The term beautiful code is a very vague and abstract term.
Its easy to figure out what it represents, and what it means, but it should never be seen as more than a secondary goal.
It reminds me a lot of the code coverage metric. When you get the number high enough you can relax and go onto something else. Having a codebase with about 80% coverage is great, not bulletproof, but enough to chill and do other things. Having 40% coverage is pretty scary and should encourage you to get that number up.
Point is just that code coverage is only really meaningful if the number is low. So don't let it be low. When the coverage rises to a certain point, move on to something else.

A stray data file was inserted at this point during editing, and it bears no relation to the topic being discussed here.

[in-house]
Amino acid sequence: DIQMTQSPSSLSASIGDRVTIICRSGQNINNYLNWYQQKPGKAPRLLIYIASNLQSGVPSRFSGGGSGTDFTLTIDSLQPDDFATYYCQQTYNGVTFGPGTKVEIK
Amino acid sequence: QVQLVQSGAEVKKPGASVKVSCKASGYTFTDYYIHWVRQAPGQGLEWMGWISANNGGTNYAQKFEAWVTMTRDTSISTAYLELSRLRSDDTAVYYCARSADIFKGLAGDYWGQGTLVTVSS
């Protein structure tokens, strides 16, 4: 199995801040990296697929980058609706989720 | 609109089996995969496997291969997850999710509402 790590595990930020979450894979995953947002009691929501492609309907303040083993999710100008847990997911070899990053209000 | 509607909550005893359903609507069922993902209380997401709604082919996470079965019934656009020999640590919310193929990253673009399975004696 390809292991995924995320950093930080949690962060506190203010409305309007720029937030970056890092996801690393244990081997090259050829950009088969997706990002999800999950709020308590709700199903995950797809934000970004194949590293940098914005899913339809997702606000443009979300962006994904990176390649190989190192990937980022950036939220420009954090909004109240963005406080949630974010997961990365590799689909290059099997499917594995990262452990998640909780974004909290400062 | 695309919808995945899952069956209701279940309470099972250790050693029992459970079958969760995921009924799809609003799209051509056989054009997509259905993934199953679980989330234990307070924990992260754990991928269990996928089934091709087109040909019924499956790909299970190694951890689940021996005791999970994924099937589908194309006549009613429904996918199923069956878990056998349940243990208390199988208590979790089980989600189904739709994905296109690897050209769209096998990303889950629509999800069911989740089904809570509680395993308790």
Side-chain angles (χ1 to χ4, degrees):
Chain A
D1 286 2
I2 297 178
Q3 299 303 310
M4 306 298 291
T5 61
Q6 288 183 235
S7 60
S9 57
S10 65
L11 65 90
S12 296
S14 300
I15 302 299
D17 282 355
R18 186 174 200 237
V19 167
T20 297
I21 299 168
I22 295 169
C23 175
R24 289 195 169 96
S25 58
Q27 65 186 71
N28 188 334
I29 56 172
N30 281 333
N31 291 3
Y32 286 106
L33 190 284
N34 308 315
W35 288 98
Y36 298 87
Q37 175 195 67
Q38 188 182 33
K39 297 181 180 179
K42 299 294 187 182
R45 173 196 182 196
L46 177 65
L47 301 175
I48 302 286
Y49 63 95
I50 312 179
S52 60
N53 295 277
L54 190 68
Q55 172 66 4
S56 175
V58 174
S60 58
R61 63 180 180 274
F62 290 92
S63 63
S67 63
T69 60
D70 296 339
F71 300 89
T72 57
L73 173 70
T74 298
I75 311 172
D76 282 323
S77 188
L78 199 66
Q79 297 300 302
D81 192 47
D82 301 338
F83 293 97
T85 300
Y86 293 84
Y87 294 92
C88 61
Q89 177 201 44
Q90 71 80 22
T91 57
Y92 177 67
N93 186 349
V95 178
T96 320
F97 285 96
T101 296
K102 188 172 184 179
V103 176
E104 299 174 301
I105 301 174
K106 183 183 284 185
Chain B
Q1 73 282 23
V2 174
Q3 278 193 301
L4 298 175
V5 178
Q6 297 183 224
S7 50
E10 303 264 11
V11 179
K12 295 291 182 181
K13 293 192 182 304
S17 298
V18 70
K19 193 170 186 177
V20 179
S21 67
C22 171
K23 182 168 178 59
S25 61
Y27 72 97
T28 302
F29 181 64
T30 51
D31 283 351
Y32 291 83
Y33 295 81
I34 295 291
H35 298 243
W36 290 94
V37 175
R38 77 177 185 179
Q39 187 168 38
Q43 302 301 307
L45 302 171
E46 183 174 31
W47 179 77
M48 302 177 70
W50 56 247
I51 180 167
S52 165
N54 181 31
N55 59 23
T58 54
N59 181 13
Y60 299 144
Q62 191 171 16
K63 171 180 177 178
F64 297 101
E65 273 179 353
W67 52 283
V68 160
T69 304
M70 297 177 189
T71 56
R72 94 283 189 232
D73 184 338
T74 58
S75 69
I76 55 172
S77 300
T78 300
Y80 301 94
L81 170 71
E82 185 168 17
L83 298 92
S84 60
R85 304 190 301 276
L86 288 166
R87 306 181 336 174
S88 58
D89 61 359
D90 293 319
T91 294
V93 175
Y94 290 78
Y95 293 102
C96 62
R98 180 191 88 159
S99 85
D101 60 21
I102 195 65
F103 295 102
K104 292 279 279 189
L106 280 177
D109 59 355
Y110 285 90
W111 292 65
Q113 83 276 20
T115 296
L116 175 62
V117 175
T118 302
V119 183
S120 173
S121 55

Similarly beautiful code is great. If you have pretty code, great, move on to something else. Don't stress too much about it. You'll never ever hit that 100% mark, and if you do you'll find you've focused too much on what it reads like, or what it looks like, and not enough on what it does, or how it does it. So get to a reasonable mark and then stop.
But if your code is fugly, if its a giant convoluted mess of spaghetti code, if it physically pains you to open the file, if you have no comments or documentation etc etc etc then fix it. And do it asap.
You'll find over time your code base ends up generally cleaner, generally brighter and generally more beautiful and more importantly more usable when you focus on making it less fugly. Writing beautiful code is not a one step process.
There is no magic philosophy. Its 1000 smaller steps all done together, all of which serve a concrete purpose that has nothing to do with how beautiful the code looks. But, when you serve them up all together, they form beautiful code as the sum of its parts. Like voltron. Or captain planet.